Russia, Ukraine, Crimea and the Dombas
In Conversation with John Quigley
Prof. John Quigley was Conference on Security and Co-operation in Europe (CSCE) expert on Crimea 1994-95. He is a specialist in international law and Professor Emeritus at the Moritz College of Law, The Ohio State University. Recently he wrote an article for the Quincy Institute where he discussed a road towards peace in Dombas, Crimea, Russia and Ukraine.
I had a conversation Prof Quigley on the context of his article.
As pointed out we make the mistake of looking at the entire Ukraine through the wrong lens. It’s also not just a country of Russian and Ukrainian speakers, the situation in Crimea for example is entirely different than that in the Dombas, despite both being native Russian speakers. Prof Quickly put proposal on the table for a path to ending the war. It comes down to finding a diplomatic solution and for both sides to make concessions.
Now, if Ukraine does anything even close to implementing the Minsk agreement, Russia could say that the aim of its invasion has been accomplished. Any potential deal could be sweetened for Russia if Ukraine were to show flexibility on the status of Crimea. Russia would likely find some relief if then the West backed off pressuring it to return Crimea to Ukraine. President Zelensky has already floated the possibility that the two sides could arrange a process of discussion about Crimea, a process that he said could last 15 years.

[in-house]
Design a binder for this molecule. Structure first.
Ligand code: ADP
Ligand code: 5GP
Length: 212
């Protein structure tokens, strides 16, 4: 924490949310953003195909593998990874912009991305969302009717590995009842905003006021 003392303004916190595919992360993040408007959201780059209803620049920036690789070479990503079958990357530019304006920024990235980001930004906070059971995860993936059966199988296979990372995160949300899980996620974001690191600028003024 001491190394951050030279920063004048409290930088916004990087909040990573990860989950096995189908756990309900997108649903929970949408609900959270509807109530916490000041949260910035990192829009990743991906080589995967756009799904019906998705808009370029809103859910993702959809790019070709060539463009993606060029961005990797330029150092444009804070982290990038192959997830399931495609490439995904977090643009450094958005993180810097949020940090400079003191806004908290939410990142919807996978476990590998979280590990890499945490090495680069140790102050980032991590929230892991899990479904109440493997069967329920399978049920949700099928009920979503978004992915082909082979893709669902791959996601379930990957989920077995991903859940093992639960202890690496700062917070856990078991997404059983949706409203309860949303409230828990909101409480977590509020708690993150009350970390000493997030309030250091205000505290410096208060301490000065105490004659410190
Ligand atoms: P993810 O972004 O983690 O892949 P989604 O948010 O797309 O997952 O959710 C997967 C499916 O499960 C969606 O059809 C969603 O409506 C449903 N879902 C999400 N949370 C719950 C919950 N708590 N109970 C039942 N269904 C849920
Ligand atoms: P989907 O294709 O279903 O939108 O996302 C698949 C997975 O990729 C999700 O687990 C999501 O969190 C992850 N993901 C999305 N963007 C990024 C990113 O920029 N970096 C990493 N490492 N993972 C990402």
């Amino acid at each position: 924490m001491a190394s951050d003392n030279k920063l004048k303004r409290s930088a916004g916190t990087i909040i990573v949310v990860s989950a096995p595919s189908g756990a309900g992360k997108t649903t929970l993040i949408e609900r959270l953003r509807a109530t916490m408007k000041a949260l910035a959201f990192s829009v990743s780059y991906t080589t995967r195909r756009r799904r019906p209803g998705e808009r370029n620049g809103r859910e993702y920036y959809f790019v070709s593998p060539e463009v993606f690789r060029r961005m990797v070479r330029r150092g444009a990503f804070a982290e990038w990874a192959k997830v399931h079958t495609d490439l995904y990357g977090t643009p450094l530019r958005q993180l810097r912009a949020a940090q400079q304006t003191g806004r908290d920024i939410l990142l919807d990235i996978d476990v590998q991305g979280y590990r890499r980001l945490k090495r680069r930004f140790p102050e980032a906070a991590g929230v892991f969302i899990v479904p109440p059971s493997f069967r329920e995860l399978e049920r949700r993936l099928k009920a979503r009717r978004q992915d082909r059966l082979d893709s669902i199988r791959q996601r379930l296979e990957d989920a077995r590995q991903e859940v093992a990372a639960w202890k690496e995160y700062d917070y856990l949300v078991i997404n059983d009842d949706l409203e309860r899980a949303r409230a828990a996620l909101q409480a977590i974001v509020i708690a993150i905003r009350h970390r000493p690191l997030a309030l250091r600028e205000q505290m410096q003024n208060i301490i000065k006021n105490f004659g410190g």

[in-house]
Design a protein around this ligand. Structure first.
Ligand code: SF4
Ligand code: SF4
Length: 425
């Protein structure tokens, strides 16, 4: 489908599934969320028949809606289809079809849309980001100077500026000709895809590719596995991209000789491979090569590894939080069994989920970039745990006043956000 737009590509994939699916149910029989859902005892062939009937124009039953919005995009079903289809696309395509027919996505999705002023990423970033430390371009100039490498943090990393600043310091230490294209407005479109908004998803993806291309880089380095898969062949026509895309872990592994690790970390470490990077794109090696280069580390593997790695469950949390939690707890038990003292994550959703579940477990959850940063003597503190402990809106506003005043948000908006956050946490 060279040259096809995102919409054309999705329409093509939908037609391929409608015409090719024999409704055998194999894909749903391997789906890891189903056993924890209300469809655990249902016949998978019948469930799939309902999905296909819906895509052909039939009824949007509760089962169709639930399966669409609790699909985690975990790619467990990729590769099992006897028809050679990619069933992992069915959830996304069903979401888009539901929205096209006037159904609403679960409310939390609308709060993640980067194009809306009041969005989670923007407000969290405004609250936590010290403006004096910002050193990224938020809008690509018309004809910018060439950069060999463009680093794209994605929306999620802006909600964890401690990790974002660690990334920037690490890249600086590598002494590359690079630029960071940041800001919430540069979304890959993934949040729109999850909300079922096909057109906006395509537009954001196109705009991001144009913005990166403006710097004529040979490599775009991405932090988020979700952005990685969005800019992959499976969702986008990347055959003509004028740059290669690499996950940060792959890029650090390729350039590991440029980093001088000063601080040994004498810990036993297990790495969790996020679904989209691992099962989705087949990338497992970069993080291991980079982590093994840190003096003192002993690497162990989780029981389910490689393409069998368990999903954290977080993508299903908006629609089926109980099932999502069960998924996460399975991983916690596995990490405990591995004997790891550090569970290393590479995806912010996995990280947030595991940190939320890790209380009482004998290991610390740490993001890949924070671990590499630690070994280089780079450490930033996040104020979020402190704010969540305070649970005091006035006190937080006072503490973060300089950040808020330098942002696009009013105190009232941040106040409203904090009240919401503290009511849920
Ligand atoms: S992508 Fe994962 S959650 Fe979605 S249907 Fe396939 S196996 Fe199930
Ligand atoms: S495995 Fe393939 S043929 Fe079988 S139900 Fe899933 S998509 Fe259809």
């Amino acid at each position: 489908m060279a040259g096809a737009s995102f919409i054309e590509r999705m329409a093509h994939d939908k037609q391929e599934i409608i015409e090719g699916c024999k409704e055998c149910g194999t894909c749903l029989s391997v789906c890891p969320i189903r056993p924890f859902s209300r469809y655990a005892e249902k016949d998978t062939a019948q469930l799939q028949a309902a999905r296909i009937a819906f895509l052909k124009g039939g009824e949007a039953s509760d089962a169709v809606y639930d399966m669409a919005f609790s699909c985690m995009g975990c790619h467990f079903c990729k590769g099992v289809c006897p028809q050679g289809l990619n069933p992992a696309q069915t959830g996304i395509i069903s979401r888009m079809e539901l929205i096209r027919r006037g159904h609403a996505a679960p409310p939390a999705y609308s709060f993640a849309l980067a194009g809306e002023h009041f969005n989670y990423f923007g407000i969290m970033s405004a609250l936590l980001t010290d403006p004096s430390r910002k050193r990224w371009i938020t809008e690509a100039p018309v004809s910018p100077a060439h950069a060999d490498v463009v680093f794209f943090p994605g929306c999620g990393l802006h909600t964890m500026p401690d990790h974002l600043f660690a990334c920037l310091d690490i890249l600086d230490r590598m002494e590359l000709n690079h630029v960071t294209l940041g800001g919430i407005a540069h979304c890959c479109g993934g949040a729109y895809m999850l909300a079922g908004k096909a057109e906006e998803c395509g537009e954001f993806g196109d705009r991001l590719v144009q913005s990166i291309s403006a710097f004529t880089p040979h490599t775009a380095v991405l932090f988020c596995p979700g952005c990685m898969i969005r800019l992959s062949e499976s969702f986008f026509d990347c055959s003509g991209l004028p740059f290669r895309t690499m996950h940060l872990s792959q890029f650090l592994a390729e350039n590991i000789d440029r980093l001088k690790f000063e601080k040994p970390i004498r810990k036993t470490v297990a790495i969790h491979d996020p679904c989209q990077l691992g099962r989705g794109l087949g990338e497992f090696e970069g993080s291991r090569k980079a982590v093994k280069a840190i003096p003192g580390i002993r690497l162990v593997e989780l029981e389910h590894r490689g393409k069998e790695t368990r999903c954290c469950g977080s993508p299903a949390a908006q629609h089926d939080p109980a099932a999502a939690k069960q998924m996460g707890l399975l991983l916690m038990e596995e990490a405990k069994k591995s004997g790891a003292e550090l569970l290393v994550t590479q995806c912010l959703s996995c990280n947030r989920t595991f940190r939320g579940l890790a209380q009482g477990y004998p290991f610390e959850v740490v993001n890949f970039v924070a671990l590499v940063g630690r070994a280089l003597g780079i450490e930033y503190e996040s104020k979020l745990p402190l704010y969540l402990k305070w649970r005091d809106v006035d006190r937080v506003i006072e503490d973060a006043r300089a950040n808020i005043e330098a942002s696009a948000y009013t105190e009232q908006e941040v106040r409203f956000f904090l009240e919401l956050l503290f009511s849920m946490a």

As Anatol Lieven wrote last year, the sad tragedy of this war has been that the Minsk II protocol existed prior to the conflict.
Yet perhaps the most tragic aspect of the seemingly unending Donbas dispute is that, while it may be one of the most dangerous crises in the world today, it is also in principle the most easily solved. A solution exists that was drawn up by France, Germany, Russia, and Ukraine and endorsed by the US, the European Union, and the United Nations. This solution corresponds to democratic practice, international law and tradition, and America’s own past approach to the settlement of ethnic and separatist conflicts. Moreover, it requires no concessions of real substance by either Ukraine or the US.
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